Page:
Politics of air-conditioners
So, the furtive guy in the room down the corridor, the shady receptionist, the leery watchman, would think twice before pulling their stunts. It was precious advice I never forgot
I've never liked air-conditioners. I don't like how "A/C cold" feels on my skin, though I've learnt to enjoy the cold at the Berlin Film Festival, when I go on assignment each February. Till date, I don't have an A/C at home, just fans—I'm trying to live lightly on earth. Only when I invite guests, I'm mildly embarrassed and offer them cotton wads dipped in refreshing, cold rosewater, to dab their faces—like those "refreshing towels" we were once offered in planes. I trust the conversation, beer, khana and song to carry the evening, rather than the temperature.
One of my early assignments, way back in 1999, was interviewing Munda tribals in the forests of Ranchi, Bihar, that I enjoyed so intensely, it has set me off on a parallel career in developmental issues—gender, water, health, education—for the last 20 years. The Family Planning Association of India (FPAI) had sent me to write about their work there, which was excellent. I was then at the Times of India, and happily moonshined (moonshone?) on weekends or on leave, working on development issues, as that was so much more satisfying than journalism.
It was heart wrenching to meet tribals in Tiriltola village, who mainly lived off forest produce and did not even use money, 52 years after India's independence. They bartered lac and honey for salt and matches, at the weekly haat. But, the FPAI put me up at a posh, four-star hotel in Ranchi. I realised the four-star hotel was primarily for my safety, as a single woman travelling in Bihar. Still, I was outraged that so much money was being wasted on me, when it could have been spent on the tribals instead. I had to figure out an alternative, but immediately switched off the air conditioner, to start with. "Madam, air conditioner garmi ke liye nahin, machchar ke liye hai," (the air conditioner is not for the heat, but the mosquitoes) a minion explained, with impeccable Indian logic.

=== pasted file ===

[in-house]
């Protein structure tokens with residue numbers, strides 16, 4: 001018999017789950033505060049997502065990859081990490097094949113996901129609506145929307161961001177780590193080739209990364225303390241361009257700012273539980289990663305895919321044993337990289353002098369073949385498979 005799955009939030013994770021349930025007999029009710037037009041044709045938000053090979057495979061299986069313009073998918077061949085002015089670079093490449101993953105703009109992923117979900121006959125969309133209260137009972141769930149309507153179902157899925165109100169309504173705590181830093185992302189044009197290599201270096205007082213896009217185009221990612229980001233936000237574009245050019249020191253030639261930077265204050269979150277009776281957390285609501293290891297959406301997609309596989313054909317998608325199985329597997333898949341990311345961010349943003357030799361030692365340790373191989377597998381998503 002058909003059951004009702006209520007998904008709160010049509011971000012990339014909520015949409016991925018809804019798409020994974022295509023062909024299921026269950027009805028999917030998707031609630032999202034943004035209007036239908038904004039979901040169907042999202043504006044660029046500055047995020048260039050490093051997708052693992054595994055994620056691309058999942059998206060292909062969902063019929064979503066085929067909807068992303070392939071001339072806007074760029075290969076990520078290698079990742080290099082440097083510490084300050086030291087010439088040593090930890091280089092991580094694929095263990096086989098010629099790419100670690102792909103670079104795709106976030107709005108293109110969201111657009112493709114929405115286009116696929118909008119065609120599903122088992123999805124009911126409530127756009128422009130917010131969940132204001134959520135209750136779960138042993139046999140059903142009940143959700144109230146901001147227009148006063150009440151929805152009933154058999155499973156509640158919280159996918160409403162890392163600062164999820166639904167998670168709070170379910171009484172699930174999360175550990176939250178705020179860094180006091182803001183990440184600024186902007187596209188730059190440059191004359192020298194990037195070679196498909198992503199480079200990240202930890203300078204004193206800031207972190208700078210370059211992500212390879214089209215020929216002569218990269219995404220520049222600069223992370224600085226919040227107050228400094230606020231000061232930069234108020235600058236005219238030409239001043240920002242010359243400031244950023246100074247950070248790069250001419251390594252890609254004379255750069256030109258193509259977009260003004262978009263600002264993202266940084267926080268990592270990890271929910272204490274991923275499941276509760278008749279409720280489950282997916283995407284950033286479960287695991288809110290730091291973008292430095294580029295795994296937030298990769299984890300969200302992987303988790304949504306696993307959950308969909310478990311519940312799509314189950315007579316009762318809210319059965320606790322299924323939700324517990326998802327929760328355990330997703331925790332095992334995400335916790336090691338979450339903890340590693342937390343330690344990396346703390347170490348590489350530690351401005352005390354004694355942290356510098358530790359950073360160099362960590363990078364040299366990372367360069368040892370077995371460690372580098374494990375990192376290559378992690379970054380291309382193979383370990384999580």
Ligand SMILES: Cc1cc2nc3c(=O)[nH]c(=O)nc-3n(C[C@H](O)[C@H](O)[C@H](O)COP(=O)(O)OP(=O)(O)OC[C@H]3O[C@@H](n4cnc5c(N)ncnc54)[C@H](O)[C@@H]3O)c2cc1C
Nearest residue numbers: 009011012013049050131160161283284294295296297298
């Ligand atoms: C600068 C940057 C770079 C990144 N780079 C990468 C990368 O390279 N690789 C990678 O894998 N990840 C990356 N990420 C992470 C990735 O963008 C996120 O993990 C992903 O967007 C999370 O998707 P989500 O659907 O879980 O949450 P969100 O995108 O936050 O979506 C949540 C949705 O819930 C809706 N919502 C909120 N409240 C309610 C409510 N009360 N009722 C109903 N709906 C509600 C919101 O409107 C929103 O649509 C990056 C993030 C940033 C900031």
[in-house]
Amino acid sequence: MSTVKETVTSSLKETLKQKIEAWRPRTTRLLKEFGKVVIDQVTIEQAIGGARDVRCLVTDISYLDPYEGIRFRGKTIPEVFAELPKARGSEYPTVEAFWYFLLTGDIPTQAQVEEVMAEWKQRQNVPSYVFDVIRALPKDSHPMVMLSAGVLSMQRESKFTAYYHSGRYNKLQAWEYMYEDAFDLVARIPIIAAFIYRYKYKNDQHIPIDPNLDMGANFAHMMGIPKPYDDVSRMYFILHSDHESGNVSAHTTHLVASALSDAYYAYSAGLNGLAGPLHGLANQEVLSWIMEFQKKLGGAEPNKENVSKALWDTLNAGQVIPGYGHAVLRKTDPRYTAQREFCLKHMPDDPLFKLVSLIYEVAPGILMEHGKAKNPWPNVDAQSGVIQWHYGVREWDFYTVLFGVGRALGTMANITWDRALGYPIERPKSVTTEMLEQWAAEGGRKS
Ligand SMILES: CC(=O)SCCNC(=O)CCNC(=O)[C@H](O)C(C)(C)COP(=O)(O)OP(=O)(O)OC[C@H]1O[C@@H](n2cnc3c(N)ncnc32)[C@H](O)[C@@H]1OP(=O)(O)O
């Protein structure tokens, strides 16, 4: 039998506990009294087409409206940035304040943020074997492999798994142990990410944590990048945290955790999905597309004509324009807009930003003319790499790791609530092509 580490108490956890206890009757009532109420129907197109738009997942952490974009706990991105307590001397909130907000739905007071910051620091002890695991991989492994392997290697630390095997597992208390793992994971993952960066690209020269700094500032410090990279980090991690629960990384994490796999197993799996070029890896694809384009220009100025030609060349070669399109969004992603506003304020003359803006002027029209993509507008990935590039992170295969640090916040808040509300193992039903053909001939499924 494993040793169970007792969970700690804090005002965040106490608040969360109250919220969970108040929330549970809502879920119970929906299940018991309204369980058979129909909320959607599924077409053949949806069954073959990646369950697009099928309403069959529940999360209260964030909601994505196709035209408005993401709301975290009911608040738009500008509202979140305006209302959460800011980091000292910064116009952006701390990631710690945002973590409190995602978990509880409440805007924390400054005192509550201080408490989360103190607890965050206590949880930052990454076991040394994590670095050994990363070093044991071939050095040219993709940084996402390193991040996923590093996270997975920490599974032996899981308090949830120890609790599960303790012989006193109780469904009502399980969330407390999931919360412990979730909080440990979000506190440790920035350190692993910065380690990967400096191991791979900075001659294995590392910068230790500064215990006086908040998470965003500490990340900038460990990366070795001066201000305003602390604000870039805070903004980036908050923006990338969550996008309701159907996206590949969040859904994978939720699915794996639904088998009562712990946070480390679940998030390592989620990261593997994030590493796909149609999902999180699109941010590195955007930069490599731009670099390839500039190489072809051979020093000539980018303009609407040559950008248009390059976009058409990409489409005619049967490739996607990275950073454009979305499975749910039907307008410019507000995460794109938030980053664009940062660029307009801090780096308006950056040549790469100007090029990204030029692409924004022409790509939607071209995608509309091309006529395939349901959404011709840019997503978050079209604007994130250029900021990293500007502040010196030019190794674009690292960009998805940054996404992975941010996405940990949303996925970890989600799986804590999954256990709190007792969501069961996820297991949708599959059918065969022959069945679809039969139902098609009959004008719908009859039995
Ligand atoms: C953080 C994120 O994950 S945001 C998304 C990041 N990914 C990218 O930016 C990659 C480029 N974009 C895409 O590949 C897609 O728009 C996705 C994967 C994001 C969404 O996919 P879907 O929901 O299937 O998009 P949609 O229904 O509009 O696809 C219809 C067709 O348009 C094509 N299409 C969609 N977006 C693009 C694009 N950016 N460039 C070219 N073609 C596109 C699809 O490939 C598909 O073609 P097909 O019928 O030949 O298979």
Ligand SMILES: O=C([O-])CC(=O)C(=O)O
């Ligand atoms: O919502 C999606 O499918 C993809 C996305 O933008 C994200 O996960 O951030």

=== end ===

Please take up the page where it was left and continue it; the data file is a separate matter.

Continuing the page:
Tiriltola village was in a forest area, two-three hours away by rough roads; we bounced about violently in a jeep. FPAI smartly believed that "development is the best contraceptive", and I saw their multi-pronged approach: a water and sanitation project, providing nutrition and vaccinations for infants, and popularising health education, among the tribals. They also had a pop-up, sterilisation operating theatre and recovery rooms—where doctors did sterilisations, when people realised they were better off with smaller families, and requested the operation. After a long tiring day of interviews, I had more interviews from 9 am the next day at Tiriltola.
There was no way I would bounce six hours to Ranchi and back. There was nowhere I could stay in the village either, I was told. Bloody hell, I decided to sleep in the post-op recovery rooms, as the sterilising camps were long over and not currently in use. I told Palas Sharangi, FPAI project manager, to immediately cancel my hotel booking for the rest of the days, and ensure the refund went towards the tribals. The beds and bathroom were ultra clean; they organised a lovely hot breakfast and chai, and I was ready to start. I stayed there for two-three nights, and got a lot of work done.
Years later, I read an account by a senior woman working in development issues in rural areas, who advised women to "always take the best a/c room" when travelling. In rural India, the air-conditioner means power, she wrote (I paraphrase here). People assume you're a boss-man type, probably knowing mantri-minister-IASwallahs. So, the furtive guy in the room down the corridor, the shady receptionist, the leery watchman, would think twice before pulling their stunts. It was precious advice I never forgot.
Meenakshi Shedde is India and South Asia Delegate to the Berlin International Film Festival, National Award-winning critic, curator to festivals worldwide and journalist. Reach her at firstname.lastname@example.org
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